Choices abound when it comes to model aeroplanes that fly. Gliders soar after being thrown like paper aeroplanes. Rubber band-powered, propeller-driven aviation is one option, and motorised aeronautics is another. Models can remain airborne thanks to guide wires, remote control or engines that cut off in mid-air (known as "free-flight"). Motors run on gas or electricity. Required assembly ranges from none (ready to fly or RTF) to some (almost ready to fly or ARF) to extensive (scratch built). All come in different costs and sizes, but the same general building rules apply.
- Skill level:
- Moderately Challenging
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Things you need
- Plastic model aeroplanes:
- Model aeroplane kit
- Adhesive for plastics
- X-Acto knife
- Model paint
- Model paint brush
- Spray paint (if exposed pieces are unfinished)
- * * *
- Wood planes:
- Model aeroplane plans
- Balsa wood
- Tissue paper
- Adhesive for wood
- X-Acto knife
- Builder board
- Straight pins
- Fine-grade sandpaper
- Airplane dope
Choose a work area with good lighting, a comfortable height for standing or sitting for long periods, and a table top you don't mind abusing.
Read the kit's instructions from beginning to end to get an idea what you are in for. Keep the instructions off to the side, close enough to read but far enough away so they are not in the way.
Match the parts mentioned and diagrammed in the instructions with the parts inside the box. If something is missing, take the kit back to the shop and start over with a new one.
Estimate how long it will take to complete the section you are working on, and if you don't have the time to finish the section completely, come back to the project when you can, keeping in mind some steps can be done in minutes while others will take hours.
Follow the instructions, in order. Round up all pieces needed in the section you are working on. Trim only the die cut parts you'll be using rather than cutting all out at once.
Make sure glue and paint have completely dried on the part of the plane you just finished if that part of the plane is needed in the next section of the instructions.
Once the plane is built, painted and dried, and decals have been applied, start flying!
Plastic Model Airplanes
Follow Step 1 under Plastic Model Airplanes.
Add a layer of building board on top of your work area as this is easier to stick straight pins into than wooden table tops. After reading the plans all the way through, lay them over the building board as parts of the plane, like the frame, are going to be built directly over the plans. Cover the plans with waxed paper so adhesives do not stick to the paper. Pin the waxed paper and plans to the building board at the four corners.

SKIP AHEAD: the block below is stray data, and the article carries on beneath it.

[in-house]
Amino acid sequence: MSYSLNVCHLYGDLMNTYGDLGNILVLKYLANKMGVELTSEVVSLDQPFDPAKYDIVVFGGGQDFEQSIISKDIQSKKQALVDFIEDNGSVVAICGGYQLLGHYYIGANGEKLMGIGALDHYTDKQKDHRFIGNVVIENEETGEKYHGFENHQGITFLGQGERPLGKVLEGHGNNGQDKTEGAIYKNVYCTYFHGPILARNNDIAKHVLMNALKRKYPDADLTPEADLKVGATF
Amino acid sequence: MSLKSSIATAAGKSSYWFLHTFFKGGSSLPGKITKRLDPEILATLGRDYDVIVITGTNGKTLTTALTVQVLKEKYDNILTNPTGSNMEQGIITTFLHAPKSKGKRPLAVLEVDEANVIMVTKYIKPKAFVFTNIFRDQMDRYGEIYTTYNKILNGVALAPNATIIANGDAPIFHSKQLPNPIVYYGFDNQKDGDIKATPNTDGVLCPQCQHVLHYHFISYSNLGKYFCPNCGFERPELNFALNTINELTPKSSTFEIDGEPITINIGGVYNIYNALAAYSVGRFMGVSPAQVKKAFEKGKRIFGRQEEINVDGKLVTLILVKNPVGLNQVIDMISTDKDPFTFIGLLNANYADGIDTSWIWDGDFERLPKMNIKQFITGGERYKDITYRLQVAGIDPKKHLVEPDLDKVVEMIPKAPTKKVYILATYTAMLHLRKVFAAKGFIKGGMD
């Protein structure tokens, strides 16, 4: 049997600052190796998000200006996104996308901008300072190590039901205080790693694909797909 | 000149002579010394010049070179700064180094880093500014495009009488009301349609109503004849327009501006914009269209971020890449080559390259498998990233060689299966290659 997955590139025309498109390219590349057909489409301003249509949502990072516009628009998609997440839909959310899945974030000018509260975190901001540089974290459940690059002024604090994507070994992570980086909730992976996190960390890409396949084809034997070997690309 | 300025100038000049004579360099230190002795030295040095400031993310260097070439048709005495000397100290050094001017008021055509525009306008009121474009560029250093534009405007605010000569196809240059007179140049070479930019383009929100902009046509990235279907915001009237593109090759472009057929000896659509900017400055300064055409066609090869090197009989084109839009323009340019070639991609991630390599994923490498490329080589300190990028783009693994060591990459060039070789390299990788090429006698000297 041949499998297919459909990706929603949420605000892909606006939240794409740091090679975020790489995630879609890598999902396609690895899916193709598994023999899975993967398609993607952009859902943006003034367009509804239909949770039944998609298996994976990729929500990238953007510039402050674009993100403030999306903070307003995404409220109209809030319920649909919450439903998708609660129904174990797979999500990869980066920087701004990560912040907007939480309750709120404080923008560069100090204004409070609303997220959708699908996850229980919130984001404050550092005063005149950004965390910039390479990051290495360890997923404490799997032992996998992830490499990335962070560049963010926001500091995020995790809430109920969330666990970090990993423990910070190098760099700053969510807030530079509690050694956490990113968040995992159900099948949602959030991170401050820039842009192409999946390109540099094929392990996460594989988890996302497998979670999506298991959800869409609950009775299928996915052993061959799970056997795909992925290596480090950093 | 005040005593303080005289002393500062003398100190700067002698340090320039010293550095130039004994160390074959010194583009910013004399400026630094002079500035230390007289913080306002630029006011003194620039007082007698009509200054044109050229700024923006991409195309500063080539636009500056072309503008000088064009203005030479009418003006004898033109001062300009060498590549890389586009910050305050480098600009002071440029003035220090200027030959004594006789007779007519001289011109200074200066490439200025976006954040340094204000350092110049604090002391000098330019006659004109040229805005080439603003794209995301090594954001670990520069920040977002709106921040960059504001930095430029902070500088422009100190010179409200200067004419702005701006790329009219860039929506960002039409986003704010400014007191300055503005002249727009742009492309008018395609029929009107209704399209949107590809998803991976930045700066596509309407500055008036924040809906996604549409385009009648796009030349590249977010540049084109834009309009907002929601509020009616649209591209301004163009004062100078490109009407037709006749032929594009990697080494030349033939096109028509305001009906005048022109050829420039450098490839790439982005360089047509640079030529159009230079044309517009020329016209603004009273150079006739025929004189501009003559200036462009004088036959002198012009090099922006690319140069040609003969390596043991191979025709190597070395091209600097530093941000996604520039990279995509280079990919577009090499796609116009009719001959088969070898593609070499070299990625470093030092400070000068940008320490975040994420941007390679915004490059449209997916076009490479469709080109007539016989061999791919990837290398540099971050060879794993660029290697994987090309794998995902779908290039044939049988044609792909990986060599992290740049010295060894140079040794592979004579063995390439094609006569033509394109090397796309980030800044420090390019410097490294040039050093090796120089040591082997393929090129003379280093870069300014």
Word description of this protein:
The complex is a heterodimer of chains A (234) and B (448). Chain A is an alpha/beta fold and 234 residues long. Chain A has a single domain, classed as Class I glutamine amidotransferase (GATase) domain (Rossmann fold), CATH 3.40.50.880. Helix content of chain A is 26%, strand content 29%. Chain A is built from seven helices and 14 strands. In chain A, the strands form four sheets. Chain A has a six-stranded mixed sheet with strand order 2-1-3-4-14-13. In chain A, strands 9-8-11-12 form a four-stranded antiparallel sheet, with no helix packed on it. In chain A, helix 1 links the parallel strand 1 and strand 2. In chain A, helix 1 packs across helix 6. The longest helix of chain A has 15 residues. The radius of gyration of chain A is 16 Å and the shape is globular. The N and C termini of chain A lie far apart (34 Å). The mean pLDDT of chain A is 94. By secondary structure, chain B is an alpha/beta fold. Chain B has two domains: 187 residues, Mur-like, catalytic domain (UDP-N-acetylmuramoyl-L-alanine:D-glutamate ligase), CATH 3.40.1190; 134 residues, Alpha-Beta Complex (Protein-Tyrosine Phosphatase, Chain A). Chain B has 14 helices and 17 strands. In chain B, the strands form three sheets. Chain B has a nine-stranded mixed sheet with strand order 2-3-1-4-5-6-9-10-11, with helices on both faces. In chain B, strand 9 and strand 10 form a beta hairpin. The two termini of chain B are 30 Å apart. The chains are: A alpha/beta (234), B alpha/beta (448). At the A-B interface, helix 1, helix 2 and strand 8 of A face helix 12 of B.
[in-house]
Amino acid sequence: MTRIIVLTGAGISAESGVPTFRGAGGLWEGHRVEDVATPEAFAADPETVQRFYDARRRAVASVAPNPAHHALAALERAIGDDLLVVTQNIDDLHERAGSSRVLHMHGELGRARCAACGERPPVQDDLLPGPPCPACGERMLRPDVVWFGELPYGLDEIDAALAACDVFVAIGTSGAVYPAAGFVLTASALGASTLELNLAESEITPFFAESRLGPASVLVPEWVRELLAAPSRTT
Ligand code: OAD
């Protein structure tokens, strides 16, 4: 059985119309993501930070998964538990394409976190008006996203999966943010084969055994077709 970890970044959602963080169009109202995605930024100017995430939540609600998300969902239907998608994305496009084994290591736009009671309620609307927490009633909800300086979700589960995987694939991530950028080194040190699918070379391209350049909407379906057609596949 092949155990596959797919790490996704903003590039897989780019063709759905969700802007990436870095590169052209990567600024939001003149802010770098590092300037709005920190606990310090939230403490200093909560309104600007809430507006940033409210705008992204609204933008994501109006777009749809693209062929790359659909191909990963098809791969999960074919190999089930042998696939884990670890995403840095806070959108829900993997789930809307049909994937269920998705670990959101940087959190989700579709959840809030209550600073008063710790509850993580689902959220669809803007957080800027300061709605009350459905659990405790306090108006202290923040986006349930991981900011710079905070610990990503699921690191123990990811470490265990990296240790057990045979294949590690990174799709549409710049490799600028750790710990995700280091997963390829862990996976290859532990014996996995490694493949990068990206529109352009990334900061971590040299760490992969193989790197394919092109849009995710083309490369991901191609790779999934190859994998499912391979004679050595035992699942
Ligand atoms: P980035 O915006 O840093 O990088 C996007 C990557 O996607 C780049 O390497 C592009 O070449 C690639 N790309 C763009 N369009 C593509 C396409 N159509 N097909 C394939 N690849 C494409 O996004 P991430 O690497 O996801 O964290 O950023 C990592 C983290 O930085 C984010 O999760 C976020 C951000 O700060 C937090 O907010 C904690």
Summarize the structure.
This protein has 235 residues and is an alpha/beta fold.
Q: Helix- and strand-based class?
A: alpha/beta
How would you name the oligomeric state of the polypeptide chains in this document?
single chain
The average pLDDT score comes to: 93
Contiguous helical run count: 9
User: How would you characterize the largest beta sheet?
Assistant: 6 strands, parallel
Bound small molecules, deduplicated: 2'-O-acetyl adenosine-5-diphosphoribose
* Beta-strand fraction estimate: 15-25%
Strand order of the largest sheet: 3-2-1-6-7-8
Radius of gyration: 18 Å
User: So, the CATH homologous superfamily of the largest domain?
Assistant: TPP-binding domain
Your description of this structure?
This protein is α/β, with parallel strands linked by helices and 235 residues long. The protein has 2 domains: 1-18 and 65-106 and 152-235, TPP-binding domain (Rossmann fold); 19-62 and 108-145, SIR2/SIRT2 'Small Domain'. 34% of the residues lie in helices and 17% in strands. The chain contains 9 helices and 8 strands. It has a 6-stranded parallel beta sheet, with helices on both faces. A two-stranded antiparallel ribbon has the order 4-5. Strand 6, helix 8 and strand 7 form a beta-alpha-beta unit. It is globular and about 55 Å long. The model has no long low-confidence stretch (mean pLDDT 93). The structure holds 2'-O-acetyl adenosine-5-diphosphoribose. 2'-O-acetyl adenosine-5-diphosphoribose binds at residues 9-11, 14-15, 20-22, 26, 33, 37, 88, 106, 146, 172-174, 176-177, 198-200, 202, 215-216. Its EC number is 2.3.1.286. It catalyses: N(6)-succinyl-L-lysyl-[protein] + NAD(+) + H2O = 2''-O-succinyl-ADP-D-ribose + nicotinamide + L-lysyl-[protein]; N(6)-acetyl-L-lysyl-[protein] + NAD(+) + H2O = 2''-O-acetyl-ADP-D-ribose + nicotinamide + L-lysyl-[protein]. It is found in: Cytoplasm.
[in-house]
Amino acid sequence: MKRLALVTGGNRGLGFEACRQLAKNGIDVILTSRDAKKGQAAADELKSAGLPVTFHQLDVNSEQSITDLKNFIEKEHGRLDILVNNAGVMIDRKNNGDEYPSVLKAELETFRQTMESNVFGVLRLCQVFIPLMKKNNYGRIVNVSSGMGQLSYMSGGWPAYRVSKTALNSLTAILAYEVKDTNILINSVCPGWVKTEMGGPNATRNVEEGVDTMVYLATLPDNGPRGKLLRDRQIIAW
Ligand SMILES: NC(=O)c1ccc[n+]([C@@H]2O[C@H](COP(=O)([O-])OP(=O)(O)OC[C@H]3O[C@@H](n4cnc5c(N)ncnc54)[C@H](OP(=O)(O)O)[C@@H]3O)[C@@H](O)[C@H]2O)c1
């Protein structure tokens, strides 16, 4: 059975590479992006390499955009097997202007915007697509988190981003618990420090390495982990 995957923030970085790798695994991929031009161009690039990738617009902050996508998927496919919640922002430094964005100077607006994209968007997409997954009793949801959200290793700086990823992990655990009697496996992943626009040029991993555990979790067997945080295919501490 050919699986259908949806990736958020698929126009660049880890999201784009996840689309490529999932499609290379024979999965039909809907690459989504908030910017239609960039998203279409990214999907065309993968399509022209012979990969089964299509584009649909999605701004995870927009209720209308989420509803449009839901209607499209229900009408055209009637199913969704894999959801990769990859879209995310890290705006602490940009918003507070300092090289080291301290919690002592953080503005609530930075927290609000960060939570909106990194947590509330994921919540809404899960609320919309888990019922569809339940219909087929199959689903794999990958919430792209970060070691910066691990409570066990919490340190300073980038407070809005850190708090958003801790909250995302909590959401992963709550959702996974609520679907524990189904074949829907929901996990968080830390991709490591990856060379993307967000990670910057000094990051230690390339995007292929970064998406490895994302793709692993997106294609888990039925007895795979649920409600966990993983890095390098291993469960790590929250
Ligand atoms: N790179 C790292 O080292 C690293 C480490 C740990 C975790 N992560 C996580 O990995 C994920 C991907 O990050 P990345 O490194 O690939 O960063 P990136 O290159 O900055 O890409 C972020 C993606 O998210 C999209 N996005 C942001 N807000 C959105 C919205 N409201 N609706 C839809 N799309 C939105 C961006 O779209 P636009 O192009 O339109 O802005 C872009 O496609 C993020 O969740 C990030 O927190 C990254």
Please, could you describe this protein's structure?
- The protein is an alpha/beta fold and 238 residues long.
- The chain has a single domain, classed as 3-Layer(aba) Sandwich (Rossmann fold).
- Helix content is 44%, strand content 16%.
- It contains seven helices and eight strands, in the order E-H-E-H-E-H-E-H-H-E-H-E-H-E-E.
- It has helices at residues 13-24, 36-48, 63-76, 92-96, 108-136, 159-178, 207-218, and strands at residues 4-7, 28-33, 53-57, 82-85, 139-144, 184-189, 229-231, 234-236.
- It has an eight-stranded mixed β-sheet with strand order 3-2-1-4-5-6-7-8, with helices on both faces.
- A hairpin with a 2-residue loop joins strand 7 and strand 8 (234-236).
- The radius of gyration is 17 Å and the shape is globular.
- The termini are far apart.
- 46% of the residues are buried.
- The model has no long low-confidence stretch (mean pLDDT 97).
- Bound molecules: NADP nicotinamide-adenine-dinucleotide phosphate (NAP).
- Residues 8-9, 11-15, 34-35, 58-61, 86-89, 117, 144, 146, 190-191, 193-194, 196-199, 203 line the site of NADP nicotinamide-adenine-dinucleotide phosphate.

The plans reveal the lengths and thicknesses of the balsa wood required for each building section. Gather the pieces necessary for the section being worked on. Glue pieces together as indicated but be miserly with the glue because any excess is going to have to be trimmed off after drying.
Sand and paint the fuselage and rudder as indicated. Cover the wing frames with tissue paper but have the paper extend far enough past the frame edges so that the paper can be pinned down to the building board. Apply thin, even layers of dope to the paper. Remove wrinkles that form with light mists of water. Wrinkles disappear as the wing dries.
If the plane is propeller-driven and motorised, the plans indicat this assembly area near the front of the plane. The same area has timers that cut off fuel to the engine of "free-flight" planes. Mount all accordingly, let everything dry, fuel up, find an open area and start flying!
Wooden Model Airplanes
Tips and warnings
- Read instructions twice before beginning to really understand what the project entails.
- Trim off the die-cut parts you will need for each section, but leave the others attached as that will make them easier to locate when you need them.
- Choose an adhesive that fits your building experience. Newbies should stick to slow-drying glues so goofs can be corrected, while experts can get away with fast-curing "super glues."
- Lighter is better for wooden planes, so sand away and thin your dope with 50 per cent water.
- Many kits are designed with natural breaking points between steps to allow projects to dry overnight.
- Some model planes are composed of a combination of materials, such as wood and fibreglass, something to keep in mind when choosing the correct adhesives, paints and dopes.
- Do not trim off all die-cut parts in the kit before starting as this increases the chances of loss and breakage.
- Crashes, and resulting damage, are inevitable when flying model planes. The more difficult the plane was to build (from scratch), the easier it generally is to repair and fly again.
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